Are you a saver or a spender?

Saving money is not easy for most of us.

Are you a saver or are you a spender? The psychology of how people make spending and saving decisions is very complicated. Behavioral Economists have researched this topic, learning that our brain is intrinsically wired to make it much easier for humans to spend than to save. For most of us, we get much more satisfaction out of spending than out of saving. Saving is just not as exciting as spending money.

According to Annamaria Lusardi, an Economist at George Washington University, 40 percent of American families could not come up with $2,000 within 30 days if there was an emergency such as a major car repair.

Do you want to save money? Most of us would probably say yes. More importantly, why do you want to save money? There are many reasons to try to save money including: to have an emergency fund, to make a major purchase, to pay for your children’s college education, to take a vacation, to invest for retirement or many other reasons.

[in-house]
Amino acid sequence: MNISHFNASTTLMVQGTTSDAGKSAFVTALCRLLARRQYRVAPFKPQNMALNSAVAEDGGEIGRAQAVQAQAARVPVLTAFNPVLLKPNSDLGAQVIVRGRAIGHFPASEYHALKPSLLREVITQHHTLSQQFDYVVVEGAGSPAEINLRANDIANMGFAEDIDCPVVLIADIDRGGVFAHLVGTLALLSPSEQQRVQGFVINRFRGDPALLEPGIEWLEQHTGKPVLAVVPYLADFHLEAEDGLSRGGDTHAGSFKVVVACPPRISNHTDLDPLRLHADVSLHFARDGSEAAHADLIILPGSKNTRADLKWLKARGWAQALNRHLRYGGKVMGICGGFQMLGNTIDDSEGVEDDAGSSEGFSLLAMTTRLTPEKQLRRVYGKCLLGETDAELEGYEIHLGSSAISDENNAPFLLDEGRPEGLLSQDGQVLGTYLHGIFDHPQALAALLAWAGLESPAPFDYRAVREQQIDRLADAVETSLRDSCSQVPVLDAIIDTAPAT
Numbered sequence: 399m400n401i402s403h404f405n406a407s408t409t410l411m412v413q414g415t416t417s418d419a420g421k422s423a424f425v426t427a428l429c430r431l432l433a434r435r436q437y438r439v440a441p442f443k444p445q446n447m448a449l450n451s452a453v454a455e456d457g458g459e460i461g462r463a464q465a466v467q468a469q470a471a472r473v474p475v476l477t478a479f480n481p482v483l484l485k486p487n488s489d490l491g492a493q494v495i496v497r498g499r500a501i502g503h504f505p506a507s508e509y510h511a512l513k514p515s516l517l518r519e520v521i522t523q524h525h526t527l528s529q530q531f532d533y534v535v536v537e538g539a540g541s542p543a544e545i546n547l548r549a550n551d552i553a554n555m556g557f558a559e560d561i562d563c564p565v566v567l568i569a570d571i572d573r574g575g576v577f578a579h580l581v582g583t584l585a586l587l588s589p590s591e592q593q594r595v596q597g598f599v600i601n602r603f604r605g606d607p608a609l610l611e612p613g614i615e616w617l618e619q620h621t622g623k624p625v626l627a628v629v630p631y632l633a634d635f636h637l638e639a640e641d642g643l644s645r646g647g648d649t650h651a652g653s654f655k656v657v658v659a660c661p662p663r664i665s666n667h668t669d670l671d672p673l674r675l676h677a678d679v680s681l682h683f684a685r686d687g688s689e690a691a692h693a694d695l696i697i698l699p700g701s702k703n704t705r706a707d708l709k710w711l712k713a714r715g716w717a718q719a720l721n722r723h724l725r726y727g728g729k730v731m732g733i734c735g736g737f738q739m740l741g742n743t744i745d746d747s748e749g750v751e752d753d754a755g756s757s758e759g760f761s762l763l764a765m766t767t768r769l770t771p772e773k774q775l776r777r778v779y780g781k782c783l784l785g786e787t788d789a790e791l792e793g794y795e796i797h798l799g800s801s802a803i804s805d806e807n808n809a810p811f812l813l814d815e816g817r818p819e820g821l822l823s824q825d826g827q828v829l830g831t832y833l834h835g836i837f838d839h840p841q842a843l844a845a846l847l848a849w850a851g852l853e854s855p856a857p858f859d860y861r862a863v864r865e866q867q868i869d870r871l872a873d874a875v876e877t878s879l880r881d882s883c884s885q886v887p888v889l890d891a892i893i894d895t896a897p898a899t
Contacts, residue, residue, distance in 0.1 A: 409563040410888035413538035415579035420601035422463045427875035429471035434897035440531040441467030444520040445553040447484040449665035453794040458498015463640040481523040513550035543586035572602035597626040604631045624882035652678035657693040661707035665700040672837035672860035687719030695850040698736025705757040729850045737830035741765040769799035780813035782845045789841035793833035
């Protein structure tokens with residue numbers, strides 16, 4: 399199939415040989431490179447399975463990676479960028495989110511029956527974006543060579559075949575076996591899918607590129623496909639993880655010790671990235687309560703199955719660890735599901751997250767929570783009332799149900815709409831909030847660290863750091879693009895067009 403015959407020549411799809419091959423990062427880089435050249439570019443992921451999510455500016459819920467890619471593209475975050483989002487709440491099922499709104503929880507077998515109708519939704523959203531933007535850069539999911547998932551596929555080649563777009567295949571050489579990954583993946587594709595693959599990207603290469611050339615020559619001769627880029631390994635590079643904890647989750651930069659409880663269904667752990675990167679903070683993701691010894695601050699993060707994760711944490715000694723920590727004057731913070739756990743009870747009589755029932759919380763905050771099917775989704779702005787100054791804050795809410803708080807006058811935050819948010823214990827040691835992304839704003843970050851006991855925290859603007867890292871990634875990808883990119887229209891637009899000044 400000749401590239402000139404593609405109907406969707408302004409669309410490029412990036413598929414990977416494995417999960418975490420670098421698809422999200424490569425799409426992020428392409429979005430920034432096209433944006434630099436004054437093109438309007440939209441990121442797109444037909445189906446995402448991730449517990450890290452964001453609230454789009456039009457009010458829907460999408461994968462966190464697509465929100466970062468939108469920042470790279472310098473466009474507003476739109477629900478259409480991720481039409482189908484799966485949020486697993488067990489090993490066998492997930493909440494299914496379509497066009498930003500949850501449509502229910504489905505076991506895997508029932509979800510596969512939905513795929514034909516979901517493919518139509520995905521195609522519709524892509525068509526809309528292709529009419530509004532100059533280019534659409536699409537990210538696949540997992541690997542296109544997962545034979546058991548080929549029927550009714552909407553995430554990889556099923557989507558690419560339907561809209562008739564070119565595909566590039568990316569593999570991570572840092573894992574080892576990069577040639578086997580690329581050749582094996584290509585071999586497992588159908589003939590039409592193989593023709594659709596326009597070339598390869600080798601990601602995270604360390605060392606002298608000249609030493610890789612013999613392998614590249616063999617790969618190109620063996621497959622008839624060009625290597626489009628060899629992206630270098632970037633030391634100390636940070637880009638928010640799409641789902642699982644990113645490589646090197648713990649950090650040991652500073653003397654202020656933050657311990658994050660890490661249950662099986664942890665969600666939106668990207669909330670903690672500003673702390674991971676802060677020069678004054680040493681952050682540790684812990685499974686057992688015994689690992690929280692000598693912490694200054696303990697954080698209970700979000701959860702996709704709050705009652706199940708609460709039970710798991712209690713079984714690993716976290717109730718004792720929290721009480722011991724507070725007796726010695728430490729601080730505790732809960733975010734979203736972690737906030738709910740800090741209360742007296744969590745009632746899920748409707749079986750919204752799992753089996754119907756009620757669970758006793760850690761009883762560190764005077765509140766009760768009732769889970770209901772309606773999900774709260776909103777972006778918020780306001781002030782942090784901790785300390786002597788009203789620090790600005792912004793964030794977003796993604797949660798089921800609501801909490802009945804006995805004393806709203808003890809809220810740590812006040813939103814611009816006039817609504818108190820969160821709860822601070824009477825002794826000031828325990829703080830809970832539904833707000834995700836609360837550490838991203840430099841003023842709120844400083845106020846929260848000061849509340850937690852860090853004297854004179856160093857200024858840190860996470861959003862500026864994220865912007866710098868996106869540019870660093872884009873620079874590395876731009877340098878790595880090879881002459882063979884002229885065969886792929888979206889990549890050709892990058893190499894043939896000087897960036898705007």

Some keys to successful saving include:

  • Use direct deposit for your income.
  • Pay your bills on time to avoid late fees.
  • Stick to your spending plan/budget and resist unnecessary spending.
  • Avoid check-cashing or rent-to-own stores because of their high interest rates.
  • Take advantage of special savings (like holiday or vacation accounts) at your financial institution.

If you would like to evaluate your current financial situation, Michigan State University Extension has a survey to help you assess your current finances. It will also provide feedback of how you might improve your financial situation.

For more information on saving and other money topics, visit MIMoneyHealth.org or contact your local MSU Extension office.

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